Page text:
Austria Lenders Need More Capital, Stress Not Over

Austrian banks’ solvency is still below average and new requirements including Basel III rules mean the country’s banks will need to raise additional capital in the medium term, the central bank said.

“We continue to be below the international average” when it comes to core capital, Andreas Ittner, the central bank’s director responsible for bank supervision, said in a briefing in Vienna today, presenting the regulator’s last round of stress tests. “We still need more capital in the Austrian banking sector, partly because of new regulation.”

Erste Group Bank AG, Raiffeisen Bank International AG and UniCredit SpA’s Bank Austria are the biggest lenders the central bank examined in the stress tests. In the worst-case scenario, which assumed a second global recession, the Tier 1 capital ratio of the six biggest banks dropped to 7.7 percent by the end of 2012 on average, from 9.6 percent today, the central bank said. It declined to give individual results and said it hadn’t defined a pass level for the banks.

Group of 20 leaders last month endorsed rules drawn up by the Basel Committee on Banking Supervision that will more than triple the highest-quality capital, such as shareholders’ equity, that lenders must hold to cushion against losses. Banks will have to have a Tier 1 capital ratio of at least 6 percent under the rules. Tier 1, a measure of financial strength, includes common equity and some equity-like debt instruments.

Basel III

The stress test didn’t apply Basel III rules, under which parts of Austrian banks’ capital would be disqualified. The test also counted the 5.9 billion euros ($7.9 billion) of state capital Austrian banks have been granted and that must be repaid. For both Basel and the state-aid payback, Austrian banks will have to raise 10 billion euros, according to central bank estimates released earlier this month.

Austrian banks may have to report a further 6.5 billion euros of writedowns following the 22 billion euros they recorded during the financial crisis, the central bank said today. The estimate is for the base case and would be higher under the economic-stress scenario, Philip Reading, head of the central bank’s supervisory division, told reporters. He declined to give an estimate for the stress case.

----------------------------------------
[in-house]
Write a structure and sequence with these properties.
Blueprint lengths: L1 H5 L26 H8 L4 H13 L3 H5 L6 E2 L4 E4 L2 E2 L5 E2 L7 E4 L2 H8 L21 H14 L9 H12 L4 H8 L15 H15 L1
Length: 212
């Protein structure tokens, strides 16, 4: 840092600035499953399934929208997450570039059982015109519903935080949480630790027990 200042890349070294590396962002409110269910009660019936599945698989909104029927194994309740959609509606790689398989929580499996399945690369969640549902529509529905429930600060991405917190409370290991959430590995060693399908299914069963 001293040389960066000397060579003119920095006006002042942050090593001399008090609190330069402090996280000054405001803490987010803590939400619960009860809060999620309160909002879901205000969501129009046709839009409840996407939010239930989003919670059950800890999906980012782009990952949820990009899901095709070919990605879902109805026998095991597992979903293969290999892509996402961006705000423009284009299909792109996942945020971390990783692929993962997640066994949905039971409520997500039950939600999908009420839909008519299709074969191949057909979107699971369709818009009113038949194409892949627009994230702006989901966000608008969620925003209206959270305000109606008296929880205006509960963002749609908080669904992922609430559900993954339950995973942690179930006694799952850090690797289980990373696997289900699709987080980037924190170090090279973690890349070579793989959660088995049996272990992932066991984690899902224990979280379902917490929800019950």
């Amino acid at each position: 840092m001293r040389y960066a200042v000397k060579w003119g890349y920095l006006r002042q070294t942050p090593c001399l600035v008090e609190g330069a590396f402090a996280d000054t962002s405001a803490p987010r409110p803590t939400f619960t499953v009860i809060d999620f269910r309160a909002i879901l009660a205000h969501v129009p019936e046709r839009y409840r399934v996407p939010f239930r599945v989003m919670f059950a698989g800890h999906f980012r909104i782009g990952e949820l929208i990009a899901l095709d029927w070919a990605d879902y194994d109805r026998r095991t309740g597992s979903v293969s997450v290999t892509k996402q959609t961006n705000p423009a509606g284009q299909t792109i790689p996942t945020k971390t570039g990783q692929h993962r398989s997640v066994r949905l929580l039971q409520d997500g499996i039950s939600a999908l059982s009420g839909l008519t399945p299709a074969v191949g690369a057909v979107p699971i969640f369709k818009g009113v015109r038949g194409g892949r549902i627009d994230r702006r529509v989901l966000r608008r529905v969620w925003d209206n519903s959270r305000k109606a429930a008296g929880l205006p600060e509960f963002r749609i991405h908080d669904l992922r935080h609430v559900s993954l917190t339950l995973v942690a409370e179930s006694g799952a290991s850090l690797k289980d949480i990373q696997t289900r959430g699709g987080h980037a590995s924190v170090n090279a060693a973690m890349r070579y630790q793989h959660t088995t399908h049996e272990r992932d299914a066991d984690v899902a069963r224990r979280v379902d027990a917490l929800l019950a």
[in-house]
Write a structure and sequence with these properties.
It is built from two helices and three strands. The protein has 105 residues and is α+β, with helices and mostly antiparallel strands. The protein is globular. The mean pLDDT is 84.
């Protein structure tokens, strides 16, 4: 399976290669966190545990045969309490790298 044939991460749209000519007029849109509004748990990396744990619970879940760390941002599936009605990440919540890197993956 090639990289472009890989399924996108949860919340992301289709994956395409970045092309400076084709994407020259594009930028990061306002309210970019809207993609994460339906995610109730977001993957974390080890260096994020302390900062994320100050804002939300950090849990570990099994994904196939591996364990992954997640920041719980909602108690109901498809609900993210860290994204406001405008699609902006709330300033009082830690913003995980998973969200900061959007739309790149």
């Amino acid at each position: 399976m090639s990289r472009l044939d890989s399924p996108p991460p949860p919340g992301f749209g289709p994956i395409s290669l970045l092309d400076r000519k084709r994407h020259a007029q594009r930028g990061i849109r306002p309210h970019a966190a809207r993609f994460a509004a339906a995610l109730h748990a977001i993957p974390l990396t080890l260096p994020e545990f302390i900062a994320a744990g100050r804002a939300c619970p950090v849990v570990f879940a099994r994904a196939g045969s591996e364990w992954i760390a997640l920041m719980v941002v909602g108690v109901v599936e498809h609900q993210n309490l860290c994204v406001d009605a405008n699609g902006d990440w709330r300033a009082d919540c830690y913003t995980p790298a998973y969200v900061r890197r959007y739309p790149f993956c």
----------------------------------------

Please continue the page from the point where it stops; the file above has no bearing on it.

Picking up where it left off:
Eastern Europe

Austrian banks are the biggest lenders in eastern Europe and their profits were eroded as bad loans in the former Communist part of Europe surged. In Ukraine, 40 percent of all loans have become non-performing, the central bank said. In Romania, more than one in four is overdue. The central bank’s tests assumed a second dip into recession across the region and a 9 percent drop in output compared with the base-case scenario.

The tests “show that the resistance of the Austrian banking system against a possible new global crisis outbreak is intact,” the central bank said in a statement. Reading added, however, that the situation is uneven across the region. The bank pays “most attention” to Hungary, Romania and Croatia, which are all countries where Austria’s holdings are large, solvency is weak and growth is slow, he said.

Austria’s exposure to the peripheral countries of the euro zone is equivalent to 5 percent of its gross domestic product, the central bank said, less than half of that of Germany or France, where the rate is about 13 percent.

To contact the reporter on this story: Boris Groendahl in Vienna bgroendahl@bloomberg.net

To contact the editor responsible for this story: Angela Cullen at acullen8@bloomberg.net

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